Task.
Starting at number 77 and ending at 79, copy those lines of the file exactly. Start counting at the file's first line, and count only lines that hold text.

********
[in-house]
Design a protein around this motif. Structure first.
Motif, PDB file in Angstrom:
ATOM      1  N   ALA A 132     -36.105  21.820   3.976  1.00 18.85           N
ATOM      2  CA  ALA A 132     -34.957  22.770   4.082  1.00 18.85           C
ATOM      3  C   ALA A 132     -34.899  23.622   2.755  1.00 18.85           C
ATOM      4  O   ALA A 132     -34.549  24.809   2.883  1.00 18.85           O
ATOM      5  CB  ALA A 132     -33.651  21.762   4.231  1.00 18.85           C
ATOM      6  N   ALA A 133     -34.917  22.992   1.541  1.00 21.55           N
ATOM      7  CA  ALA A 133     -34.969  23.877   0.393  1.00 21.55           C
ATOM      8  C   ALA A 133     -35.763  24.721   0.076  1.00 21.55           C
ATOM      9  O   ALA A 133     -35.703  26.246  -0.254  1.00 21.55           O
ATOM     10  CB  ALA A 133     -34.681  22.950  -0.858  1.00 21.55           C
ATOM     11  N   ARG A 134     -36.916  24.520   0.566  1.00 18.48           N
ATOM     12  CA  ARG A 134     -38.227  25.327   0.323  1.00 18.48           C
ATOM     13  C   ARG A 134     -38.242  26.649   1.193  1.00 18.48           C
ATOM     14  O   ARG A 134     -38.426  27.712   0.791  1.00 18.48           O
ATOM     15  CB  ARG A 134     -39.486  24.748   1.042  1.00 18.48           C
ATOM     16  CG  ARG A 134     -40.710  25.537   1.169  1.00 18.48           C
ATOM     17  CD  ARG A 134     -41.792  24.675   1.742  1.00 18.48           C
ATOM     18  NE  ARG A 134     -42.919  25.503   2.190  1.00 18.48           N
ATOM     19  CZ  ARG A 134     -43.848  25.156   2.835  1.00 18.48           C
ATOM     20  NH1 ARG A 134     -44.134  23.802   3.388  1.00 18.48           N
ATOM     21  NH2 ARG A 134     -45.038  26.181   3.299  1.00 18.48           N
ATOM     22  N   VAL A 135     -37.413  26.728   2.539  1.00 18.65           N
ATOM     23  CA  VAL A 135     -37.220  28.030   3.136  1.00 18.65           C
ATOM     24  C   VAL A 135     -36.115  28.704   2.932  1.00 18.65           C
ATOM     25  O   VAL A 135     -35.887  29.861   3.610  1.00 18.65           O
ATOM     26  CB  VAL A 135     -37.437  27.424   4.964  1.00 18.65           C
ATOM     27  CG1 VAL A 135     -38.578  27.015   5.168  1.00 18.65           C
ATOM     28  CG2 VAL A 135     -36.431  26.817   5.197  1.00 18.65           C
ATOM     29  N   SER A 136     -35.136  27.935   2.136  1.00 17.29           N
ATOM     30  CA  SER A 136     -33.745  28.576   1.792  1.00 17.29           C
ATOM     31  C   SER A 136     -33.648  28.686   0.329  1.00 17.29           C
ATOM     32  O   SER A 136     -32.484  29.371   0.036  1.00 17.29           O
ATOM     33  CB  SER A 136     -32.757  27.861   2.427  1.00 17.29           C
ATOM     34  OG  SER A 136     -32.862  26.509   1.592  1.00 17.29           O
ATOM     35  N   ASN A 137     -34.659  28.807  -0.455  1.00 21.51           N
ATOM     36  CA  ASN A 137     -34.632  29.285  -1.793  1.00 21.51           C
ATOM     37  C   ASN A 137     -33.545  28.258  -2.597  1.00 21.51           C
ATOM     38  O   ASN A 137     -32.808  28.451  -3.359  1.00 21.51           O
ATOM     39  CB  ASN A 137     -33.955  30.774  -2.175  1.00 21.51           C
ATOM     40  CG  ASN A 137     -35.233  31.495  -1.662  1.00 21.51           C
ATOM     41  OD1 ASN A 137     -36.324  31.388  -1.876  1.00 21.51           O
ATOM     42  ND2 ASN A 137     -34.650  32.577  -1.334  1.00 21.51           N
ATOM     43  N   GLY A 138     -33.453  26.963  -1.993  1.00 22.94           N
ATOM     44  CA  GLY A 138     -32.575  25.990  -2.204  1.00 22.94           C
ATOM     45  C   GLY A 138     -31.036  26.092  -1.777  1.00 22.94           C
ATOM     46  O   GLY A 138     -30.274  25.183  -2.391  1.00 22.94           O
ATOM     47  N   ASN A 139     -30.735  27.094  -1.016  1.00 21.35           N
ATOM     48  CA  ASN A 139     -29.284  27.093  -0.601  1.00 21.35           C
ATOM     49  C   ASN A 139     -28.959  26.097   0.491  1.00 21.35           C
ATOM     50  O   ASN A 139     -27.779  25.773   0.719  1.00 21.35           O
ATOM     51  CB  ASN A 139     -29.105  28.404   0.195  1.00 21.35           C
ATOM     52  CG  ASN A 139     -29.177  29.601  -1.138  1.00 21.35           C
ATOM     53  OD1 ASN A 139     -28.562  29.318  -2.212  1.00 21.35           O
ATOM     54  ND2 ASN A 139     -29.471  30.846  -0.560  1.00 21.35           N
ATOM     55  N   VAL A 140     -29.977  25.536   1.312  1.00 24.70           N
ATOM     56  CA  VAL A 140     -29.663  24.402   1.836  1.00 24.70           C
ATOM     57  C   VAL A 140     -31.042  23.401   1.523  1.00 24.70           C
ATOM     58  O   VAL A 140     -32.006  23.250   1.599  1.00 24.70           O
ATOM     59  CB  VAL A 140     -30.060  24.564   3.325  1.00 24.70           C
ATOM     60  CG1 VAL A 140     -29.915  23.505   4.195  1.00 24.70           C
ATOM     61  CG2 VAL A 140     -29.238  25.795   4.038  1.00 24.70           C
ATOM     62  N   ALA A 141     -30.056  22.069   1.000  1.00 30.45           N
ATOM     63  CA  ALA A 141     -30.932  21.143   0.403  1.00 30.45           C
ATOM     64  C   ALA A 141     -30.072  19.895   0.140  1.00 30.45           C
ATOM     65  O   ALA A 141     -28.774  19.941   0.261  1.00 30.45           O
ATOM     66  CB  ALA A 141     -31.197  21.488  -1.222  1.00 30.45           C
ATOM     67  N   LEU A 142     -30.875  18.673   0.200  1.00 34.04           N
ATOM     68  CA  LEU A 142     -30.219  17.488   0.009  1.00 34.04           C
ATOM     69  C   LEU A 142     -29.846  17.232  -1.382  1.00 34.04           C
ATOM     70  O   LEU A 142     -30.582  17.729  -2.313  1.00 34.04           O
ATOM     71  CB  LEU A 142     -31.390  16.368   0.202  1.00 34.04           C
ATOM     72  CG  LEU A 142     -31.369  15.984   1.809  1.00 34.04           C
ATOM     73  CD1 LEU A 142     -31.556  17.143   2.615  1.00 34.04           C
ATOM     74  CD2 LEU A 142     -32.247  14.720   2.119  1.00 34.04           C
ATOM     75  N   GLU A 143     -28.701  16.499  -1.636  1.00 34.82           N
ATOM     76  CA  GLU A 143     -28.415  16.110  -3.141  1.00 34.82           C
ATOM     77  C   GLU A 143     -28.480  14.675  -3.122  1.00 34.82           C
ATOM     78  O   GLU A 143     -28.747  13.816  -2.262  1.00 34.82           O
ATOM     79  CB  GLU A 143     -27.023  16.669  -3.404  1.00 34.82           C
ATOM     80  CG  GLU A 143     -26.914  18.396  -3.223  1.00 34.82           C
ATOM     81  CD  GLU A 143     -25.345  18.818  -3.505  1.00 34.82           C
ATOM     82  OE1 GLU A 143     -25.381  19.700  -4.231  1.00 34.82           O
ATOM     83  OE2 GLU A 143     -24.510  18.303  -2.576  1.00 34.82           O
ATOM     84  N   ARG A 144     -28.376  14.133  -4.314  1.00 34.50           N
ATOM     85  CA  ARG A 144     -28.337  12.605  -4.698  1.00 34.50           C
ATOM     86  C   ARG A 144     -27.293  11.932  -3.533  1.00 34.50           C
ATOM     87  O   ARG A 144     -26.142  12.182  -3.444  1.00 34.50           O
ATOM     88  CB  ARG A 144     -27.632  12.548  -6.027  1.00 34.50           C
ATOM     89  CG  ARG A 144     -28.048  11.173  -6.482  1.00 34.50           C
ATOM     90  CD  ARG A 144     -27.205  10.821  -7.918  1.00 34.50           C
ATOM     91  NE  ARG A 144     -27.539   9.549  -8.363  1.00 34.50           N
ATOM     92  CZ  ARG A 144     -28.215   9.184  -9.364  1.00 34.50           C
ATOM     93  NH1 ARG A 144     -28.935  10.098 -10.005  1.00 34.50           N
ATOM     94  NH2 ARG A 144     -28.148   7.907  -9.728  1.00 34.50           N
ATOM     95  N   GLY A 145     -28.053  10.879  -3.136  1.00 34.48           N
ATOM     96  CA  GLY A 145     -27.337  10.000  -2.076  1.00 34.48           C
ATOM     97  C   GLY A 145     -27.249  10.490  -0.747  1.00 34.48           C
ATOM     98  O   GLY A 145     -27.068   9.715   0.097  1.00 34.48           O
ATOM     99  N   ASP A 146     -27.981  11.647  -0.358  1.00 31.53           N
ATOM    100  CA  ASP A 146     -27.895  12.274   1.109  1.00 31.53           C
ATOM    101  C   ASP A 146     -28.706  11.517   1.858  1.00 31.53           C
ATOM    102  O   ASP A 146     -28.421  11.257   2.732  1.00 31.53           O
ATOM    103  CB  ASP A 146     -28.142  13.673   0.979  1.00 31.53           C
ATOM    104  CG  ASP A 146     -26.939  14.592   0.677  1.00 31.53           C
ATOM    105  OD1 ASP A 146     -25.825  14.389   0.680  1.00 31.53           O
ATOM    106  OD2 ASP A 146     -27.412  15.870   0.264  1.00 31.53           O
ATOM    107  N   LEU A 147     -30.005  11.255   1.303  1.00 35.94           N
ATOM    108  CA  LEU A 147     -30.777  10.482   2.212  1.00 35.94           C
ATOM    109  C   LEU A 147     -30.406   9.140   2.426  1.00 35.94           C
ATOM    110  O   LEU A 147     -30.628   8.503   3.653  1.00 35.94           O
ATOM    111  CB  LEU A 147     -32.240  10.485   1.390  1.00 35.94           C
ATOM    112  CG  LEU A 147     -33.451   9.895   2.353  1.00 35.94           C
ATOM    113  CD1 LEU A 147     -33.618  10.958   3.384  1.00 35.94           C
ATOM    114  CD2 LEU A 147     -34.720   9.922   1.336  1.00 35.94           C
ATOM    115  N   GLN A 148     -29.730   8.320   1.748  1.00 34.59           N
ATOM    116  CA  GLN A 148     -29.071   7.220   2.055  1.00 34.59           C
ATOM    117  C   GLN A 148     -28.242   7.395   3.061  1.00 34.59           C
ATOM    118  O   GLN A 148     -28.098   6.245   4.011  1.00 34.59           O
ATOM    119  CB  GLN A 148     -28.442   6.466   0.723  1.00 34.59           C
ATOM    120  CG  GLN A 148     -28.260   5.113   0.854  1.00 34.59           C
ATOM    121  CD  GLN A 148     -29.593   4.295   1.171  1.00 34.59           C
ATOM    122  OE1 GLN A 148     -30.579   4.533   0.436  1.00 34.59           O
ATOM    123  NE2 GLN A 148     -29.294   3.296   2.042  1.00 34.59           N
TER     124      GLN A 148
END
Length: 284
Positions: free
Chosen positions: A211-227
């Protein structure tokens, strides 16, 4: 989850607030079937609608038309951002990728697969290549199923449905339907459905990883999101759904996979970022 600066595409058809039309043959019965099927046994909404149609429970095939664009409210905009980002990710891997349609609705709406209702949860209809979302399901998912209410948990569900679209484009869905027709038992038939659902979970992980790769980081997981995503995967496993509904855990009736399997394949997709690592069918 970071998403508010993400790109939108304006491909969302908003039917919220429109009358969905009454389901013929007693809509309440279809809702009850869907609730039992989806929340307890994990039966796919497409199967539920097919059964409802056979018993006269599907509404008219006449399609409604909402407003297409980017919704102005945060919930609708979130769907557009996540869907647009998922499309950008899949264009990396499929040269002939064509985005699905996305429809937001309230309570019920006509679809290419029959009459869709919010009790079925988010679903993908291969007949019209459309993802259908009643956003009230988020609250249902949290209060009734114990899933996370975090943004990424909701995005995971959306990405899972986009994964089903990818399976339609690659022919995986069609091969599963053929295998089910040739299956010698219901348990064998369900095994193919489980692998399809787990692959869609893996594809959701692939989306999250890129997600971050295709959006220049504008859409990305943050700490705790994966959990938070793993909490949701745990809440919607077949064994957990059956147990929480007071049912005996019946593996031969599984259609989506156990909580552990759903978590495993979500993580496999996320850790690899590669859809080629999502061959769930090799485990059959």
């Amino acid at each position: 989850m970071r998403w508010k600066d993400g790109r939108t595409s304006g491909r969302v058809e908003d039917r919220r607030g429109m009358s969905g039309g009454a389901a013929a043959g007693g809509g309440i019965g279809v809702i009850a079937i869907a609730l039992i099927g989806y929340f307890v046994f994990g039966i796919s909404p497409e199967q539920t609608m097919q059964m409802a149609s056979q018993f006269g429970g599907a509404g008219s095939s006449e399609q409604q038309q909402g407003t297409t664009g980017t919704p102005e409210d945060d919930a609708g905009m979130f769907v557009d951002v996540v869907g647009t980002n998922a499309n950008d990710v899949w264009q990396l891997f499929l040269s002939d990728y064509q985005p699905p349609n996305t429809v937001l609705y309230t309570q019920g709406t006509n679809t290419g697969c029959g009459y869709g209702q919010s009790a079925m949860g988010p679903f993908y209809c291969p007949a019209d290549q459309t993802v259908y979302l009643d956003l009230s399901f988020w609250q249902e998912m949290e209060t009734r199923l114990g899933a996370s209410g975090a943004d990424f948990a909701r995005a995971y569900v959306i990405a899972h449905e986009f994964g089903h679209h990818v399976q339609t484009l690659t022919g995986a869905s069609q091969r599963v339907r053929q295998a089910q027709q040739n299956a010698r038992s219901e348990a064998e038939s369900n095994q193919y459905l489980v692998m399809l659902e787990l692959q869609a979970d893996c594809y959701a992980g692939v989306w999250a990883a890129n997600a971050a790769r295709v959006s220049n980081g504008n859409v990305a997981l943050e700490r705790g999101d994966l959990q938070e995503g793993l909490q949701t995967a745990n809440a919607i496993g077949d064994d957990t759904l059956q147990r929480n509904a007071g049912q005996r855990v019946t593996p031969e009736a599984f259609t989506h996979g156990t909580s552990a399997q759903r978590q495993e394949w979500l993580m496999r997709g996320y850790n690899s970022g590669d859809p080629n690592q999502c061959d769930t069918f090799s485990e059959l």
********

ATOM     74  CD2 LEU A 142     -32.247  14.720   2.119  1.00 34.04           C
ATOM     75  N   GLU A 143     -28.701  16.499  -1.636  1.00 34.82           N
ATOM     76  CA  GLU A 143     -28.415  16.110  -3.141  1.00 34.82           C